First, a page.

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Ch 17 Plants Colonization of Land

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1 Ch 17 Plants Colonization of Land

Plants evolved from green algae Molecular, physical, and chemical evidence Indicates that green algae called charophyceans are the closest living relatives of plants LM 444  Figure 17.1A, B Coleochate Chara

3 Plants have adaptations for life on land
Plants are: multicellular photosynthetic eukaryotes

4 Plants have some specific adaptations
That are not found in algae Plant Roots anchor plant; absorb water and minerals from the soil Reproductive structures, as in flowers, contain spores and gametes Cuticle covering leaves and stems reduces water loss; stomata in leaves allow gas exchange Leaf performs photosynthesis Surrounding water supports alga Stem supports plant and may perform photosynthesis Whole alga performs photosynthesis; absorbs water, CO2, and minerals from the water Holdfast anchors alga Alga Figure 17.2A

5 Obtaining Resources from Two Locations
Apical meristems Are the growth-producing regions of a plant Help maximize exposure to the resources in the soil and air

6 Maintaining Moisture A waxy cuticle covers the stems and leaves of plants And helps retain water Stomata Are tiny pores in leaves that allow for gas exchange

7 Plants have vascular tissue
Which helps distribute nutrients throughout the organism Figure 17.2B Xylem Phloem

8 Reproducing on Land Many living plants
Produce gametes that are encased in protective structures “Gametangia”

9 Plant diversity reflects the evolutionary history of the plant kingdom
Some highlights of plant evolution Origin of vascular plants (about 420 mya) Origin of seed plants (about 360 mya) Origin of land plants (about 475 mya) Seed plants Land plants Bryophytes (nonvascular plants) Vascular plants Seedless vascular plants Liverworts Hornworts Mosses Lycophytes (club mosses and relatives) Pterophytes (ferns and relatives) Angiosperms Gymnosperms Figure 17.3A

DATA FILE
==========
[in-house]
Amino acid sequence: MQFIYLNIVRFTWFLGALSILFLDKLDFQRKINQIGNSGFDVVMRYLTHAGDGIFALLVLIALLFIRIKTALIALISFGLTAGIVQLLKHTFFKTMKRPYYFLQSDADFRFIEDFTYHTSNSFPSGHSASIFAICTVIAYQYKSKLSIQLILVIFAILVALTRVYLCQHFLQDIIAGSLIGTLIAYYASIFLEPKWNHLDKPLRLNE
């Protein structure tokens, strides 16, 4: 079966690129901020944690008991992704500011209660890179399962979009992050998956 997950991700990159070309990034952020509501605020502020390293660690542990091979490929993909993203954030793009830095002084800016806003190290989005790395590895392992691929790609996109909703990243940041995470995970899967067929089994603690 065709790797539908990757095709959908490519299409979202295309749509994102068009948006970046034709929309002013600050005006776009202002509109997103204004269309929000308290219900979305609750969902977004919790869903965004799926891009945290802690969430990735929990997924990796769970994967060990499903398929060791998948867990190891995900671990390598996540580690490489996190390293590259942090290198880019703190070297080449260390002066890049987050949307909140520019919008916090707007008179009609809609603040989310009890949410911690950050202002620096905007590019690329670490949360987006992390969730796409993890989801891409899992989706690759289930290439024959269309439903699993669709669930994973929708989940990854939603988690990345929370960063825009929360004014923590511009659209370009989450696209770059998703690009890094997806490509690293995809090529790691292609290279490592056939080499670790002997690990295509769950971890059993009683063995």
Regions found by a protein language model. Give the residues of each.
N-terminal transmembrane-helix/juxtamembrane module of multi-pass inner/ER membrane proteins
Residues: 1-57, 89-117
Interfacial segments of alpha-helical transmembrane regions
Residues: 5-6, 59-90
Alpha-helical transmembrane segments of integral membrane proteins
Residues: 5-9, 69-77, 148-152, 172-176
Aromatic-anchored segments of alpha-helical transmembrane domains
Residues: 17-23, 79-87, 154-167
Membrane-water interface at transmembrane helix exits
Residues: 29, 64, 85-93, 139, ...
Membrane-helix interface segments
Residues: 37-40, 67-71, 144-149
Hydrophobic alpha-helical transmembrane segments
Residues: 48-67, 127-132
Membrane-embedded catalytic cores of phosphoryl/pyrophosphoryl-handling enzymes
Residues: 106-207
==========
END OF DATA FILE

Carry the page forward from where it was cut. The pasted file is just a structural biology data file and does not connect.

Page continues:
10 Bryophytes lack vascular tissue and include
The mosses, hornworts, and liverworts Figure 17.3B

11 Ferns are seedless vascular plants
With flagellated sperm Figure 17.3C

12 Seedless plants dominated vast “coal forests”
Ferns and other seedless plants Once dominated ancient forests Their remains formed coal Figure 17.7

13 Strip Mining in SE Kansas


15 Seed plants Have pollen grains that transport sperm
Protect their embryos in seeds

16 Gymnosperms, such as pines
Produce seeds in cones Figure 17.3D

17 The seeds of angiosperms
Develop within protective ovaries Figure 17.3E

18 The structure of a fruit reflects its function in seed dispersal
Fruits are adaptations that disperse seeds Figure 17.11A–C

19 Kopi Luwak $100/llb Kopi Luwak coffee comes from the Indonesian island of Sumatra, an area well-known for its excellent coffee. Also native to the area is a small civit-like animal called a Paradoxurus. That's the scientific name, the locals call them luwaks. These little mammals live in the trees and one of their favorite foods is the red, ripe coffee cherry. They eat the cherries, bean and all. While the bean is in the little guy's stomach, it undergoes chemical treatments and fermentations. The bean finishes its journey through the digestive system, and exits. The still-intact beans are collected from the forest floor, and are cleaned, then roasted and ground just like any other coffee. The resulting coffee is said to be like no other. It has a rich, heavy flavour with hints of caramel or chocolate. Other terms used to describe it are earthy, musty and exotic. The body is almost syrupy and it's very smooth. One must wonder about the circumstances that brought about the first cup of Kopi Luwak coffee. Who would think to (or even want to) collect and roast beans out of animal feces? Perhaps a native figured it was easier to collect the beans from the ground this way, rather than having to work harder and pick them from the trees? We'll likely never know. But because of the strange method of collecting, there isn't much Kopi Luwak produced in the world. The average total annual production is only around 500 pounds of beans. Because of the rarity of this coffee, the price is quite outrageous. If you can find a vendor, the current cost for a pound of Kopi Luwak is around $300 or more

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